Page 366 - Week 02 - Tuesday, 12 February 2013
MR CORBELL: I thank Mr Gentleman for the question. Yes, there has been a complaint lodged with the Office of Regulatory Services. I am advised that the Office of Regulatory Services is currently looking at the circumstances surrounding a possible breach of process in the ACT branch of the Liberal Party as an incorporated association.
Obviously, this is a very serious matter and I think it highlights and confirms some of the circumstances we have seen over the past couple of weeks and the dissention—
MADAM SPEAKER: Order, Mr Corbell! You have been asked a question about a particular matter. The standing orders require you to answer the question and be directly relevant to the question. I just remind you of the standing orders.
MR CORBELL: Thank you, Madam Speaker. I am outlining the circumstances I understand that have led to the complaint. Of course, these circumstances are very serious ones in relation to any incorporated association. It is, of course, important that incorporated associations at all times abide by their rules, abide by the requirements of their constitution when it comes to the interests of their members. It is always of concern to the government when incorporated associations, particularly those which are political parties, see complaints lodged with the Registrar-General in relation to possible breaches of process.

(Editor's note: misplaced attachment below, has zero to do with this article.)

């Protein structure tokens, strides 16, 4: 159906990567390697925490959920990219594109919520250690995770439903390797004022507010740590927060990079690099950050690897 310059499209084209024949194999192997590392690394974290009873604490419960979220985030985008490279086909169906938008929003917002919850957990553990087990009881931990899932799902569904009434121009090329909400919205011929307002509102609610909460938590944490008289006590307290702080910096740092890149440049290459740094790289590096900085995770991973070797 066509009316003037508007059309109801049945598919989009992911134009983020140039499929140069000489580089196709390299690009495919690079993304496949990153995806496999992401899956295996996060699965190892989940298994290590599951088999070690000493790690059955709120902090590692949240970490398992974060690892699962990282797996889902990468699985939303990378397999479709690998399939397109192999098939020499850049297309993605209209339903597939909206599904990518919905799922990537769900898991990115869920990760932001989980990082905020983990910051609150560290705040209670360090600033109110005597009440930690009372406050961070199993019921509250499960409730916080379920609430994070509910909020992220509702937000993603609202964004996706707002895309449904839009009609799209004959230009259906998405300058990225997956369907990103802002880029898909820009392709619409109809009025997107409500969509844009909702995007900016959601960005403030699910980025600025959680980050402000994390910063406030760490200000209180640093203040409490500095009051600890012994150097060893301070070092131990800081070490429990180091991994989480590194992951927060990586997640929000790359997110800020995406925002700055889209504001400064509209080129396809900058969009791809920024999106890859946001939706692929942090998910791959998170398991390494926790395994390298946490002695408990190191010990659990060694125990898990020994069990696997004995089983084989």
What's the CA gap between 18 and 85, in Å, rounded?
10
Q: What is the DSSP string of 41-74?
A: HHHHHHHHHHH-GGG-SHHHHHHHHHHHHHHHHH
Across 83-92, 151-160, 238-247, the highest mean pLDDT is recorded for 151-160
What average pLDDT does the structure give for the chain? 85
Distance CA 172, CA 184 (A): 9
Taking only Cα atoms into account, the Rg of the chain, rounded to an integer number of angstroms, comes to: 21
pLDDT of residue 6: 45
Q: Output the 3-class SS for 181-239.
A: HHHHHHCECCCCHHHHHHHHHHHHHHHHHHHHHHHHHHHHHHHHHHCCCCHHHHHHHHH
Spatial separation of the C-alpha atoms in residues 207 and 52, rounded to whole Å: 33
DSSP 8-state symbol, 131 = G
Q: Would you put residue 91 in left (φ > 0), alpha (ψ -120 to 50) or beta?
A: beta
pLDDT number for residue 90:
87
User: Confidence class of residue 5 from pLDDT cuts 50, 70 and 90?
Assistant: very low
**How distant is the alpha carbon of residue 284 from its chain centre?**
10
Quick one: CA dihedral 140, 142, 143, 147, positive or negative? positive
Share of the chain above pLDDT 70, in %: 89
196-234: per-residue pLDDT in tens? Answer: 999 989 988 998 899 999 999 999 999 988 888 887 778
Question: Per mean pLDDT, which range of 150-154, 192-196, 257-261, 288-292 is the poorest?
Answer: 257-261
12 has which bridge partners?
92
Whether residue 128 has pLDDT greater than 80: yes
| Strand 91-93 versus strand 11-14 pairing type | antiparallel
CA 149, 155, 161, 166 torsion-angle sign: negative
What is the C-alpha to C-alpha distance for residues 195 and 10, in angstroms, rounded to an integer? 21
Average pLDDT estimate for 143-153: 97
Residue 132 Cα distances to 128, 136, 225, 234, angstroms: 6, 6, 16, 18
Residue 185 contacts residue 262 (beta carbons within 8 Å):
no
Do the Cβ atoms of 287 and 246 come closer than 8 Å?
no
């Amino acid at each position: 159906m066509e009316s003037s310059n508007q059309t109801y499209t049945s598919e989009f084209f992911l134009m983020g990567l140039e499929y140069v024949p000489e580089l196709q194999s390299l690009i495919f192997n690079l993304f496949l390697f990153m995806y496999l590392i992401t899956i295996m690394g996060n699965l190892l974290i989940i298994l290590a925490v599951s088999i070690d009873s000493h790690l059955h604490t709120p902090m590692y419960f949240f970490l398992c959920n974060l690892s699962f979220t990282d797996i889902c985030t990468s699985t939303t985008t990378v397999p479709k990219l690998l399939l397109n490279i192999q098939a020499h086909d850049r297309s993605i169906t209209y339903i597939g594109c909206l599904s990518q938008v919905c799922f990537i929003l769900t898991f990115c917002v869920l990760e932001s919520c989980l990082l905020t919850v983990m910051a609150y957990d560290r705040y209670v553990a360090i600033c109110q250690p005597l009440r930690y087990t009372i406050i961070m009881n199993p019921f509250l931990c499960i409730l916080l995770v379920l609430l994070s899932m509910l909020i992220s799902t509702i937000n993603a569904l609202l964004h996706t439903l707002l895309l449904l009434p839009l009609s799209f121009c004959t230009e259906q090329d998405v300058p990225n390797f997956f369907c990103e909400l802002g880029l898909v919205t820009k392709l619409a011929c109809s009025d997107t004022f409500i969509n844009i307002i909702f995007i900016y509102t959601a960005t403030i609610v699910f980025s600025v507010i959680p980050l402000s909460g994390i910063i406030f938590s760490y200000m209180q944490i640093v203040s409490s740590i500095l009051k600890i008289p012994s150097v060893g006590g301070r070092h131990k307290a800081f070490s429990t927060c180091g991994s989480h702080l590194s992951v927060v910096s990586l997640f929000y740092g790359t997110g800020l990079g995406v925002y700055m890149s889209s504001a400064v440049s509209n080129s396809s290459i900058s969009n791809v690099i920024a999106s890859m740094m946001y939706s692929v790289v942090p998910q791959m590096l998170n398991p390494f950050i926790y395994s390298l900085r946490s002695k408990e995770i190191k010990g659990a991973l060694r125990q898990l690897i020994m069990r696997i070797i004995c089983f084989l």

Of course, this highlights I think the significant dissention and division that exists amongst the party of those opposite, Madam Speaker—
MADAM SPEAKER: Mr Corbell, I will draw your attention to the standing order that requires you to be directly relevant. I have reminded you already. The question is: has there been a complaint? You will answer the question as to whether there has been a complaint. It would be perhaps inappropriate of you to hypothesise about the nature of that complaint unless you are very well informed.
MR CORBELL: Thank you, Madam Speaker. I am not hypothesising. I am referring directly to those matters which are of significant public interest. These are affairs that have captivated the Canberra community over the last couple of months—
MADAM SPEAKER: Mr Corbell, sit down.
Mr Corbell: Am I hypothesising again, Madam Speaker?
MADAM SPEAKER: Sit down! Mr Corbell, I should not have to use my mother voice to get you to sit down.
Mr Corbell: You are certainly not my mother, Madam Speaker.
MADAM SPEAKER: First of all, you will be respectful of everyone in this chamber and when I tell you to sit down, you sit down the first time. Mr Corbell, I have drawn your attention on two occasions to standing order 118(a) and I have asked you to be concise and directly relevant and you have failed to do so. Is there a supplementary question?